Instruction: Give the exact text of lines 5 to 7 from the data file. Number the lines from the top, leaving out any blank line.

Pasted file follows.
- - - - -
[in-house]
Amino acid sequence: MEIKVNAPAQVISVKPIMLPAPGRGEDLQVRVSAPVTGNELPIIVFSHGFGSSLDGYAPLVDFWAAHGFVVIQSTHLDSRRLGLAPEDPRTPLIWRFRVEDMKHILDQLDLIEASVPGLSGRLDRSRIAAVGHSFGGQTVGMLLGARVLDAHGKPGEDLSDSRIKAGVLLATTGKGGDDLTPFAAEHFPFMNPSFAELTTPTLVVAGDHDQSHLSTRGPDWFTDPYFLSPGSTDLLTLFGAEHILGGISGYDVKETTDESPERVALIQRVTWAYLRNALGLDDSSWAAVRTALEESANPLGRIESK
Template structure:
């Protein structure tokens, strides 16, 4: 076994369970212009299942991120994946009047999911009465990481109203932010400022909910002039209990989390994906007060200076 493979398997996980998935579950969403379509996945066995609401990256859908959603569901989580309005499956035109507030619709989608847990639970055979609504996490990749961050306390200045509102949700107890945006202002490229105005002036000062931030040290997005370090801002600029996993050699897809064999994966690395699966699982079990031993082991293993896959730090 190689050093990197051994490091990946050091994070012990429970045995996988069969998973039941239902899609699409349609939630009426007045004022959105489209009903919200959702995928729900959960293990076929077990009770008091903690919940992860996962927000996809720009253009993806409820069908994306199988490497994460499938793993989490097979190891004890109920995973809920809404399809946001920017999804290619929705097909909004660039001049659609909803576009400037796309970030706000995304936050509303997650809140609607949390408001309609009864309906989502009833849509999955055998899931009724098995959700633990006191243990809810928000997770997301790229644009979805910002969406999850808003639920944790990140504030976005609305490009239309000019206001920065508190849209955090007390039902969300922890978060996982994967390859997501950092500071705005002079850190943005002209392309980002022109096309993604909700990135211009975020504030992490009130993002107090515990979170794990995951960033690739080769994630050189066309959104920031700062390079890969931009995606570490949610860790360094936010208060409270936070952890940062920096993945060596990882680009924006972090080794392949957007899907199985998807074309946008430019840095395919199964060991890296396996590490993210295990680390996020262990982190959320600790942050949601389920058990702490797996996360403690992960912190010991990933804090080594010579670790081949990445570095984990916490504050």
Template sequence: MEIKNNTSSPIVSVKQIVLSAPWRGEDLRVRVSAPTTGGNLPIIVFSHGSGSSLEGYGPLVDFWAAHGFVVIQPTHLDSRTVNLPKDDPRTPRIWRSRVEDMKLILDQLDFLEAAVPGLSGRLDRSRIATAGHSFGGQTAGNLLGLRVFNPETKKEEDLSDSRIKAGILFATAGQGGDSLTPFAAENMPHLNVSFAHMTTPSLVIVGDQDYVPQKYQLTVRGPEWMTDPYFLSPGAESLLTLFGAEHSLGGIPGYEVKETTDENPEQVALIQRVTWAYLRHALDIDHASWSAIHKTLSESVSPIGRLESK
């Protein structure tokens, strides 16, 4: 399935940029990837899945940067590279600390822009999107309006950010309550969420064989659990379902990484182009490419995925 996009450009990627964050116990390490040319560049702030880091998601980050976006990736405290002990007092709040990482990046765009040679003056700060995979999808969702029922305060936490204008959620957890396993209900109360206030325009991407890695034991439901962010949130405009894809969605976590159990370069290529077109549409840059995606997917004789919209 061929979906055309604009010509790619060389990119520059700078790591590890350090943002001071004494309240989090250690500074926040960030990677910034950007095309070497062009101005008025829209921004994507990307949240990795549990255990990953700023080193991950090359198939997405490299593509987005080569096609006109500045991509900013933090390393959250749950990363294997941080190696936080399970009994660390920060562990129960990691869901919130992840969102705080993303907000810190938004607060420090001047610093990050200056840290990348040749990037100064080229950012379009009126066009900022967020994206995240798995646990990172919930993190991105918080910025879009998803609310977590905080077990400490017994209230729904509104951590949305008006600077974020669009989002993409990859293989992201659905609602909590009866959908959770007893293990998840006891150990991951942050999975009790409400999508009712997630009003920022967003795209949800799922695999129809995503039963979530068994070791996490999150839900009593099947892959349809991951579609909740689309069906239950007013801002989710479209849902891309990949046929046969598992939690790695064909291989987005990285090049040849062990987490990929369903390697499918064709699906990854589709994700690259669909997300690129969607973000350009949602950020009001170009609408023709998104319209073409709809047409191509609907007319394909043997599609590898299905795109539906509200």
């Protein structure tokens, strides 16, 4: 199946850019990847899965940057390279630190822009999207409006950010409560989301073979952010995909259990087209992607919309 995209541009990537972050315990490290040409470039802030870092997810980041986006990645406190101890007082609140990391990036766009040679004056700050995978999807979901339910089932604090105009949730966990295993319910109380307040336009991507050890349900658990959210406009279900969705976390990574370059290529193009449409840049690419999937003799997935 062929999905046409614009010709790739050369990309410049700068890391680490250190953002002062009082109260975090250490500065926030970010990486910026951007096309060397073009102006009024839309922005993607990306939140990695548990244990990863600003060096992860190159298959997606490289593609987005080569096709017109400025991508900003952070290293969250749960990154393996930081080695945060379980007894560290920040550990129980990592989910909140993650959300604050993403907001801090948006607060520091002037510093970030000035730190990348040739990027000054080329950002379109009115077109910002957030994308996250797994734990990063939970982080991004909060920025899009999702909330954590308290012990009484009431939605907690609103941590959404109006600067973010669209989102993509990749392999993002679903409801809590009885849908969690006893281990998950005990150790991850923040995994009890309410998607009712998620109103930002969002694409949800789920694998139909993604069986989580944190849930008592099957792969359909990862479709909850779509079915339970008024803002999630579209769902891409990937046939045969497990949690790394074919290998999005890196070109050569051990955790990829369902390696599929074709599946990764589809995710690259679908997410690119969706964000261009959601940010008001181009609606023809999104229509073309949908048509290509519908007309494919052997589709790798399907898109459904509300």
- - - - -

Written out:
Template sequence: MEIKNNTSSPIVSVKQIVLSAPWRGEDLRVRVSAPTTGGNLPIIVFSHGSGSSLEGYGPLVDFWAAHGFVVIQPTHLDSRTVNLPKDDPRTPRIWRSRVEDMKLILDQLDFLEAAVPGLSGRLDRSRIATAGHSFGGQTAGNLLGLRVFNPETKKEEDLSDSRIKAGILFATAGQGGDSLTPFAAENMPHLNVSFAHMTTPSLVIVGDQDYVPQKYQLTVRGPEWMTDPYFLSPGAESLLTLFGAEHSLGGIPGYEVKETTDENPEQVALIQRVTWAYLRHALDIDHASWSAIHKTLSESVSPIGRLESK
């Protein structure tokens, strides 16, 4: 399935940029990837899945940067590279600390822009999107309006950010309550969420064989659990379902990484182009490419995925 996009450009990627964050116990390490040319560049702030880091998601980050976006990736405290002990007092709040990482990046765009040679003056700060995979999808969702029922305060936490204008959620957890396993209900109360206030325009991407890695034991439901962010949130405009894809969605976590159990370069290529077109549409840059995606997917004789919209 061929979906055309604009010509790619060389990119520059700078790591590890350090943002001071004494309240989090250690500074926040960030990677910034950007095309070497062009101005008025829209921004994507990307949240990795549990255990990953700023080193991950090359198939997405490299593509987005080569096609006109500045991509900013933090390393959250749950990363294997941080190696936080399970009994660390920060562990129960990691869901919130992840969102705080993303907000810190938004607060420090001047610093990050200056840290990348040749990037100064080229950012379009009126066009900022967020994206995240798995646990990172919930993190991105918080910025879009998803609310977590905080077990400490017994209230729904509104951590949305008006600077974020669009989002993409990859293989992201659905609602909590009866959908959770007893293990998840006891150990991951942050999975009790409400999508009712997630009003920022967003795209949800799922695999129809995503039963979530068994070791996490999150839900009593099947892959349809991951579609909740689309069906239950007013801002989710479209849902891309990949046929046969598992939690790695064909291989987005990285090049040849062990987490990929369903390697499918064709699906990854589709994700690259669909997300690129969607973000350009949602950020009001170009609408023709998104319209073409709809047409191509609907007319394909043997599609590898299905795109539906509200």
């Protein structure tokens, strides 16, 4: 199946850019990847899965940057390279630190822009999207409006950010409560989301073979952010995909259990087209992607919309 995209541009990537972050315990490290040409470039802030870092997810980041986006990645406190101890007082609140990391990036766009040679004056700050995978999807979901339910089932604090105009949730966990295993319910109380307040336009991507050890349900658990959210406009279900969705976390990574370059290529193009449409840049690419999937003799997935 062929999905046409614009010709790739050369990309410049700068890391680490250190953002002062009082109260975090250490500065926030970010990486910026951007096309060397073009102006009024839309922005993607990306939140990695548990244990990863600003060096992860190159298959997606490289593609987005080569096709017109400025991508900003952070290293969250749960990154393996930081080695945060379980007894560290920040550990129980990592989910909140993650959300604050993403907001801090948006607060520091002037510093970030000035730190990348040739990027000054080329950002379109009115077109910002957030994308996250797994734990990063939970982080991004909060920025899009999702909330954590308290012990009484009431939605907690609103941590959404109006600067973010669209989102993509990749392999993002679903409801809590009885849908969690006893281990998950005990150790991850923040995994009890309410998607009712998620109103930002969002694409949800789920694998139909993604069986989580944190849930008592099957792969359909990862479709909850779509079915339970008024803002999630579209769902891409990937046939045969497990949690790394074919290998999005890196070109050569051990955790990829369902390696599929074709599946990764589809995710690259679908997410690119969706964000261009959601940010008001181009609606023809999104229509073309949908048509290509519908007309494919052997589709790798399907898109459904509300």